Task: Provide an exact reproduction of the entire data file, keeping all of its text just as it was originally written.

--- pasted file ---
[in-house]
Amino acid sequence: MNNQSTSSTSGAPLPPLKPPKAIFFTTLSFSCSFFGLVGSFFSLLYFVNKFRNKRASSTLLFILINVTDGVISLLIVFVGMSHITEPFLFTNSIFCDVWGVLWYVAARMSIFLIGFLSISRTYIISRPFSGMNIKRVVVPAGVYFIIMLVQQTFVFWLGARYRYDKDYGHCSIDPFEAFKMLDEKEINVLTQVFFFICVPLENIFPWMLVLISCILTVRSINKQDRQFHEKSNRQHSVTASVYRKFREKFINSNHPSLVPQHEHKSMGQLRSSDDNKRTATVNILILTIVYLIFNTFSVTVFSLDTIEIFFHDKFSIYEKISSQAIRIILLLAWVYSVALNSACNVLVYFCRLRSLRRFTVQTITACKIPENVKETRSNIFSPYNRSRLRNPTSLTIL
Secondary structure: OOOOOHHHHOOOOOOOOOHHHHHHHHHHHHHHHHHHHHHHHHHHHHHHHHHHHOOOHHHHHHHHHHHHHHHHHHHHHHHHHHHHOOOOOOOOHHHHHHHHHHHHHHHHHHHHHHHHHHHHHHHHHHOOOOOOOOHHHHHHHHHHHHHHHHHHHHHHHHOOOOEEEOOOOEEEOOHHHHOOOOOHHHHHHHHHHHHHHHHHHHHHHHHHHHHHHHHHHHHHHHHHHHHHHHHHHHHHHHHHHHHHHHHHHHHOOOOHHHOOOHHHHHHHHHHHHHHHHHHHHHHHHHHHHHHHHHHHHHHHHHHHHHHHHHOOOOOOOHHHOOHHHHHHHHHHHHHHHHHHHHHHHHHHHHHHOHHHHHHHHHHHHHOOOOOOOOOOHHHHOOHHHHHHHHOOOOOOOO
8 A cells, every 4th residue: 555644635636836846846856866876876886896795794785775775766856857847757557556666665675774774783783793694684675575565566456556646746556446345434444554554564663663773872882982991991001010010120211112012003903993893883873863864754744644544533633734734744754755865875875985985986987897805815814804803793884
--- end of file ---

[in-house]
Amino acid sequence: MNNQSTSSTSGAPLPPLKPPKAIFFTTLSFSCSFFGLVGSFFSLLYFVNKFRNKRASSTLLFILINVTDGVISLLIVFVGMSHITEPFLFTNSIFCDVWGVLWYVAARMSIFLIGFLSISRTYIISRPFSGMNIKRVVVPAGVYFIIMLVQQTFVFWLGARYRYDKDYGHCSIDPFEAFKMLDEKEINVLTQVFFFICVPLENIFPWMLVLISCILTVRSINKQDRQFHEKSNRQHSVTASVYRKFREKFINSNHPSLVPQHEHKSMGQLRSSDDNKRTATVNILILTIVYLIFNTFSVTVFSLDTIEIFFHDKFSIYEKISSQAIRIILLLAWVYSVALNSACNVLVYFCRLRSLRRFTVQTITACKIPENVKETRSNIFSPYNRSRLRNPTSLTIL
Secondary structure: OOOOOHHHHOOOOOOOOOHHHHHHHHHHHHHHHHHHHHHHHHHHHHHHHHHHHOOOHHHHHHHHHHHHHHHHHHHHHHHHHHHHOOOOOOOOHHHHHHHHHHHHHHHHHHHHHHHHHHHHHHHHHHOOOOOOOOHHHHHHHHHHHHHHHHHHHHHHHHOOOOEEEOOOOEEEOOHHHHOOOOOHHHHHHHHHHHHHHHHHHHHHHHHHHHHHHHHHHHHHHHHHHHHHHHHHHHHHHHHHHHHHHHHHHHHOOOOHHHOOOHHHHHHHHHHHHHHHHHHHHHHHHHHHHHHHHHHHHHHHHHHHHHHHHHOOOOOOOHHHOOHHHHHHHHHHHHHHHHHHHHHHHHHHHHHHOHHHHHHHHHHHHHOOOOOOOOOOHHHHOOHHHHHHHHOOOOOOOO
8 A cells, every 4th residue: 555644635636836846846856866876876886896795794785775775766856857847757557556666665675774774783783793694684675575565566456556646746556446345434444554554564663663773872882982991991001010010120211112012003903993893883873863864754744644544533633734734744754755865875875985985986987897805815814804803793884